3 ways to create line items in your Zaps (perfect for testing)

  • 22 October 2020
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3 ways to create line items in your Zaps (perfect for testing)
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The use case I’ve got in mind here is for when you know your trigger step will be producing line items, but you either aren’t able to pull in sample data or you aren’t able to access the app in order to create new items. 

Sometimes you can skip the trigger step’s test and you’ll have some dummy data to work with, but a) it’s not always valid in terms of the structure, so maybe you don’t get line items in that sample or b) it’s not provided at all, so you aren’t able to get anything at all from your trigger.

NOTE: some of these methods might be useful for workflows besides the use case I laid out above, which is a bonus :)

Method 1: Use a Code step as your trigger

I don’t profess to be an expert in Code but way back when I had someone help me out with this snippet and I’ve used it extensively ever since. I added it to TextExpander so I can easily make myself some line items when I want to test something in a Zap.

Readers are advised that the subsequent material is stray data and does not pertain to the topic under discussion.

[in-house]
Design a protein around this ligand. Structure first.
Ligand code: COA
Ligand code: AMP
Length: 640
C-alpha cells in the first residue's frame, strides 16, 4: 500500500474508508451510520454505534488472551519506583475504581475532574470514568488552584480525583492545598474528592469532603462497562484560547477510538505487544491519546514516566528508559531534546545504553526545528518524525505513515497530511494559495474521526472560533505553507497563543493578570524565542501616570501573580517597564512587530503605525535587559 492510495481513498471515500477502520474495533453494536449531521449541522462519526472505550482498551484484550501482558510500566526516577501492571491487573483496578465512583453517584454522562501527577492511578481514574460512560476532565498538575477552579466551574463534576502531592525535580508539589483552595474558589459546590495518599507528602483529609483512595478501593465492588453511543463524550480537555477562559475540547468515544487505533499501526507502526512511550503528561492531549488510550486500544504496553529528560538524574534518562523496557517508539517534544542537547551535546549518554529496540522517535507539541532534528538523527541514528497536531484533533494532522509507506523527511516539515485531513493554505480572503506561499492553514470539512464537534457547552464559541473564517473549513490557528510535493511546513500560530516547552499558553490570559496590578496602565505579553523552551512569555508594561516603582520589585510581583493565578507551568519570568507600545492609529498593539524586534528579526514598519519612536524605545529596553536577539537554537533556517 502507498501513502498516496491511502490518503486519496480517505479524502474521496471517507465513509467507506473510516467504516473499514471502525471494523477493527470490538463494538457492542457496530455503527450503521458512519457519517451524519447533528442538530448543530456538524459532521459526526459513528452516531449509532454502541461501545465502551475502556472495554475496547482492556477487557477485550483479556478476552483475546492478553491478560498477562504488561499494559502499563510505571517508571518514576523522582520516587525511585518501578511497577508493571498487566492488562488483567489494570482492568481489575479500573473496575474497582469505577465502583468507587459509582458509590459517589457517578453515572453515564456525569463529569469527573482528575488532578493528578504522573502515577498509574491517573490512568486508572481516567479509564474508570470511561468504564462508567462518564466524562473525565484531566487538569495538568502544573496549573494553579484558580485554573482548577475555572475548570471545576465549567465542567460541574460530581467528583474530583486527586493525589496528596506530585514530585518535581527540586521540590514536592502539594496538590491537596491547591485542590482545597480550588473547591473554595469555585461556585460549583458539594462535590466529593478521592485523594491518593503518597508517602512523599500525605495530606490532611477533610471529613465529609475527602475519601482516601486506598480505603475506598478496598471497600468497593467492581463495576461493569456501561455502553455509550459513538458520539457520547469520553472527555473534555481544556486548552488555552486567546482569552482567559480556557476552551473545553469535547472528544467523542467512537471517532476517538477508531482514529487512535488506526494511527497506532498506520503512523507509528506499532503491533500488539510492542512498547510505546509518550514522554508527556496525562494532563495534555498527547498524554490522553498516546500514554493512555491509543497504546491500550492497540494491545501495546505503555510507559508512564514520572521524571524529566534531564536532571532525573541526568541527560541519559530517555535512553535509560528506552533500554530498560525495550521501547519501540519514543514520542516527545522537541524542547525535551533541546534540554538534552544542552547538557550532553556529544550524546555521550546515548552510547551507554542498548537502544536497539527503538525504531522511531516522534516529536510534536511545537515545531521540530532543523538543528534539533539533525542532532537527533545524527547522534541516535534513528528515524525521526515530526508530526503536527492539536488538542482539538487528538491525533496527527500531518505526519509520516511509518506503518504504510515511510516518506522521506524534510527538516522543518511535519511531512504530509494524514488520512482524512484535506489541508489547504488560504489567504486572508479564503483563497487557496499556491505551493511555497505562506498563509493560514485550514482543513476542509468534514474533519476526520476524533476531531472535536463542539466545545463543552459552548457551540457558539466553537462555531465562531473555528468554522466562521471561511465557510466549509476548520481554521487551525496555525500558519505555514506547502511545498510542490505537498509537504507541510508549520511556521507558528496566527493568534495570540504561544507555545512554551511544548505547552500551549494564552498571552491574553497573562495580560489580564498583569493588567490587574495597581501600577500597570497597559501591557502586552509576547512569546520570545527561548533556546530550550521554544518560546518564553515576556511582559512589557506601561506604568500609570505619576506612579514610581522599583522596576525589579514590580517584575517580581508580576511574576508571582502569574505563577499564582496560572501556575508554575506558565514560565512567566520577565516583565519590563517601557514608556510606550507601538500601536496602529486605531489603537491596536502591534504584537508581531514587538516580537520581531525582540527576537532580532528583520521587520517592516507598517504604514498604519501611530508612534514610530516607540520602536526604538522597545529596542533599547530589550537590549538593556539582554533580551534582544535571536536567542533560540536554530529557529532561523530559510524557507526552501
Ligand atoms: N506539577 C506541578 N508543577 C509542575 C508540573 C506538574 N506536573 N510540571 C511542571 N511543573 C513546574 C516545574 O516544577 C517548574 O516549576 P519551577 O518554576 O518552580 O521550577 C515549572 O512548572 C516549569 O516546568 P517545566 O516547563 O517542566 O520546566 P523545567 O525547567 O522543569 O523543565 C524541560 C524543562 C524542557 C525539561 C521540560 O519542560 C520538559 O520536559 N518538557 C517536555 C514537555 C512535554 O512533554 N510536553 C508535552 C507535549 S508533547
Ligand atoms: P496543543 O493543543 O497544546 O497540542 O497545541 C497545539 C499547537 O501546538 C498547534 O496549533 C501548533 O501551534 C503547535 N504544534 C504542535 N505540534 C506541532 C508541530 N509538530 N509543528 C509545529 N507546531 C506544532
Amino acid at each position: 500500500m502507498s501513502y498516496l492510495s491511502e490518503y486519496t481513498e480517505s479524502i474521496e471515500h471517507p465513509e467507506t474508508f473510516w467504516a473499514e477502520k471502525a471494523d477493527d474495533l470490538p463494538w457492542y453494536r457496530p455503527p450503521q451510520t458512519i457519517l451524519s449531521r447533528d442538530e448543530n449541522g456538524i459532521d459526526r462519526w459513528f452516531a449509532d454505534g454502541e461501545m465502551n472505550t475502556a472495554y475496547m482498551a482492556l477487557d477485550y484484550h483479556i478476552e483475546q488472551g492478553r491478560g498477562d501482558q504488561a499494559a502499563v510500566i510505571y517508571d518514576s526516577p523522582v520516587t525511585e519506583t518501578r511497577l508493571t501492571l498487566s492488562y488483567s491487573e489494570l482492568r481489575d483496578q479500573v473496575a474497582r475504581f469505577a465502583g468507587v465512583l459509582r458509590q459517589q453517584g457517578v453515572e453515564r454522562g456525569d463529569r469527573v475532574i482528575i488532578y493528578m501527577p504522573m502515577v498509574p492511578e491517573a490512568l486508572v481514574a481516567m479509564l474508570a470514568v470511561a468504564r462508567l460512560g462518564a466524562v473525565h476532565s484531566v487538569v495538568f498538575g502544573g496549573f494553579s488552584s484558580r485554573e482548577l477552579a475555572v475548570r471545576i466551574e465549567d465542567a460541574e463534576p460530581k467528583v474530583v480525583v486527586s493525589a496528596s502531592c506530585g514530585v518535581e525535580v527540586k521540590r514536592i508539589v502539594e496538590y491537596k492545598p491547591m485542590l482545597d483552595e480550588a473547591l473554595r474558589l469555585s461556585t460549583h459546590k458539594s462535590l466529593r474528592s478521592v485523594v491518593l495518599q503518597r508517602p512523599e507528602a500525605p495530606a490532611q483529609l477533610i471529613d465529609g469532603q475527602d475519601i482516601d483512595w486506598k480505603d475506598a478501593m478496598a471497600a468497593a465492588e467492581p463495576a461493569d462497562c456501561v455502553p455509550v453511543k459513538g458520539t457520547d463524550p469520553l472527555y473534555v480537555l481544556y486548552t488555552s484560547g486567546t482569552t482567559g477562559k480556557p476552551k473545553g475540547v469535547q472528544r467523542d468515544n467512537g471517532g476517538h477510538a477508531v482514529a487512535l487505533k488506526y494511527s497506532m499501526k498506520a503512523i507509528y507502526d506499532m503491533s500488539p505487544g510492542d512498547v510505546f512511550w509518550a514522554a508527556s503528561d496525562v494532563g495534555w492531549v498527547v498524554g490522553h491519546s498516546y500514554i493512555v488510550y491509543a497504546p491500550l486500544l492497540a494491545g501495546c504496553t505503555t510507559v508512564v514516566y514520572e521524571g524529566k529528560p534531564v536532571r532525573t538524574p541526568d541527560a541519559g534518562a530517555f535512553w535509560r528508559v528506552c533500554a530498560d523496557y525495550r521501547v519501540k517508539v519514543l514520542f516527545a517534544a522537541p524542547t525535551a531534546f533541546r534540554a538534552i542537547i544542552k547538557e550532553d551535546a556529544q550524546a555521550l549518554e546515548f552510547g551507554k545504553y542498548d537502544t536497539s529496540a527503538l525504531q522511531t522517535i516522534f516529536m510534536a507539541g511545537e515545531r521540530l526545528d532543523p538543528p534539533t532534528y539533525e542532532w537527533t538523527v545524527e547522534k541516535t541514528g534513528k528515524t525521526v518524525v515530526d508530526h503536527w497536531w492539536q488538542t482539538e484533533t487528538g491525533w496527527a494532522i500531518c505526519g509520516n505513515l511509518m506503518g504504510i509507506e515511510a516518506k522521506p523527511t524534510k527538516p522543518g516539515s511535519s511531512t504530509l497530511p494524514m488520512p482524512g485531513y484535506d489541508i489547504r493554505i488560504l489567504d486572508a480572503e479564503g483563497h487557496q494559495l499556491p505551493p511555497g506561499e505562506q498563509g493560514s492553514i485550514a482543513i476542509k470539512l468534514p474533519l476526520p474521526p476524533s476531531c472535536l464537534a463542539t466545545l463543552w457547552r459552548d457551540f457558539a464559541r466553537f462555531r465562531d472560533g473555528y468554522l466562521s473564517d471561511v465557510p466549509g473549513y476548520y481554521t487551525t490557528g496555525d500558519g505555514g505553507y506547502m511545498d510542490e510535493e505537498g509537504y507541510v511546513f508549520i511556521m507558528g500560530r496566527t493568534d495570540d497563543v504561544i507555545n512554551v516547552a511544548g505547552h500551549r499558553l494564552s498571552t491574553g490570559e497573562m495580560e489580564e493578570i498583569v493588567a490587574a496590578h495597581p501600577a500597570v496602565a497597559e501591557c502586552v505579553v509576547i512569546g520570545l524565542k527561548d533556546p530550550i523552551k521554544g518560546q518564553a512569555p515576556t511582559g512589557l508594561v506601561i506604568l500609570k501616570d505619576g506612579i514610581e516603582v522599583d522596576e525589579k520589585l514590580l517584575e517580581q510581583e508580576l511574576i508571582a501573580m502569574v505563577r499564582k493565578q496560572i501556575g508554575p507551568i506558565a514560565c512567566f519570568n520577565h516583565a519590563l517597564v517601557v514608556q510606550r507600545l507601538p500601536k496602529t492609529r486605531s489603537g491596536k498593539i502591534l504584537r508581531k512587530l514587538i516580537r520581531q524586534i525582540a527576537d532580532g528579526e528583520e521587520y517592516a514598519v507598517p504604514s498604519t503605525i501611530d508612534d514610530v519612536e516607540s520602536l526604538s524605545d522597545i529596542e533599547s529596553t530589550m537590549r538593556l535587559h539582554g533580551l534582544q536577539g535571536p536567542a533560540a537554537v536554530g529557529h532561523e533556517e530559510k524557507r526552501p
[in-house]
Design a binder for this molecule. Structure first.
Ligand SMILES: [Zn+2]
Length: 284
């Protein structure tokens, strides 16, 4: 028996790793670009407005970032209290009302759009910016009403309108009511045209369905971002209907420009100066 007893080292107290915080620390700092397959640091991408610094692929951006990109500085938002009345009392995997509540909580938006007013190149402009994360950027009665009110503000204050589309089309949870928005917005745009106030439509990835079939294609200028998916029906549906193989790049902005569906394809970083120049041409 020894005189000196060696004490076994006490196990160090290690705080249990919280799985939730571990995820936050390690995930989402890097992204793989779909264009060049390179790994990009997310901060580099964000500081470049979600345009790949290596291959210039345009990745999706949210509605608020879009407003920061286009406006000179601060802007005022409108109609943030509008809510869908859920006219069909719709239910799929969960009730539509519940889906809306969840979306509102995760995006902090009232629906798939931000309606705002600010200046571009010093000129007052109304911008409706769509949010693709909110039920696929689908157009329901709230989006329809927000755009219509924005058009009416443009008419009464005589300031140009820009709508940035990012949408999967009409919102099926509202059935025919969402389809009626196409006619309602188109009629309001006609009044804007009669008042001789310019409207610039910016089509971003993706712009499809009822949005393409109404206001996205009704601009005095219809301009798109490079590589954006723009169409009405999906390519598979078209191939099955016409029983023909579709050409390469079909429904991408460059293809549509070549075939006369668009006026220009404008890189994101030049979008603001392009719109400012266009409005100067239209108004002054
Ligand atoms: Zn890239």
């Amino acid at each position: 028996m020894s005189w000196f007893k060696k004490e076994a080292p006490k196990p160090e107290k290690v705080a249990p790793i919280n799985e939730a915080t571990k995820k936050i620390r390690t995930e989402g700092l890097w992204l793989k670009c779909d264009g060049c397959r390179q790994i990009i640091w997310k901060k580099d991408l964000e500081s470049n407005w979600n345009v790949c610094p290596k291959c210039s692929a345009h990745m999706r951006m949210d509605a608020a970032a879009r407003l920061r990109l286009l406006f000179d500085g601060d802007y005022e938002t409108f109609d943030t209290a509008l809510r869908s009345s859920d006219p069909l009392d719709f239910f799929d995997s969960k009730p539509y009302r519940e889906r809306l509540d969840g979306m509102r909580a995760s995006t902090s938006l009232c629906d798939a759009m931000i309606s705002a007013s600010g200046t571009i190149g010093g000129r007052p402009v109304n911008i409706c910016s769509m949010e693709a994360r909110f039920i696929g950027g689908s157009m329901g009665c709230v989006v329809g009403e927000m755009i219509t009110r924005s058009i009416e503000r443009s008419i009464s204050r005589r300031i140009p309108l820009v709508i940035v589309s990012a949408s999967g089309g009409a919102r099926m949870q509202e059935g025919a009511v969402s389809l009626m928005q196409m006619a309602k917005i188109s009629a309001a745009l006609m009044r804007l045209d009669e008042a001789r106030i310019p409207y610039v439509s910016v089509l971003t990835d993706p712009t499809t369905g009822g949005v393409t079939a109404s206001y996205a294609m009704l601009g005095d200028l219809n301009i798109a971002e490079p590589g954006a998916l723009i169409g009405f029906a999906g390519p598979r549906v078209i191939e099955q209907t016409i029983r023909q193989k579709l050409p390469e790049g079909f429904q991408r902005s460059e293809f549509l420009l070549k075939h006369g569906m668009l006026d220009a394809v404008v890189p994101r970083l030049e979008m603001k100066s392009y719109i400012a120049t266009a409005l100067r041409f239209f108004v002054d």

Choose the Javascript option and use the following (adjust for your needs, clearly):

output = [{

  line_items: [

    { name: 'Zapier T-Shirt', unit_price: 11.99, quantity: 3, line_amount: 35.97  },

    { name: 'Orange Widget', unit_price: 7.99, quantity: 10, line_amount: 79.90 },

    { name: 'Allbird Shoes', unit_price: 2.99, quantity: 7, line_amount: 20.93  },



The Result

Method 2: Use Google Sheets and the Find Many Spreadsheet Rows (With Line Item Support) search action

If you go this route you could set up a Google Sheet that you re-use each time you need to simulate line items in your Zap. If you sometimes need variations, you could create multiple worksheets within that one spreadsheet.

The concept is simple: you create a header row and populate your columns, then use one of those columns for the lookup (put the same value in each row).


The search step will then return line items. The one I’m using will return up to 10 rows (we have another action that will return up to 20).

The Result

Method 3: Use Formatter by Zapier and the Line Itemizer function

This is the one that I thought might come in handy in other circumstances. Here’s how I set up the same items as my two previous examples:

As you can see, you create one line item property for each of the things that were columns in our Google Sheet, then separate the values by a comma. 

NOTE: make sure to get the order of each of your values correct, or else we might have energy drinks that cost $11.99 each!

The Result

Hope you’ve found this helpful, and as always, we’ll see you next week!

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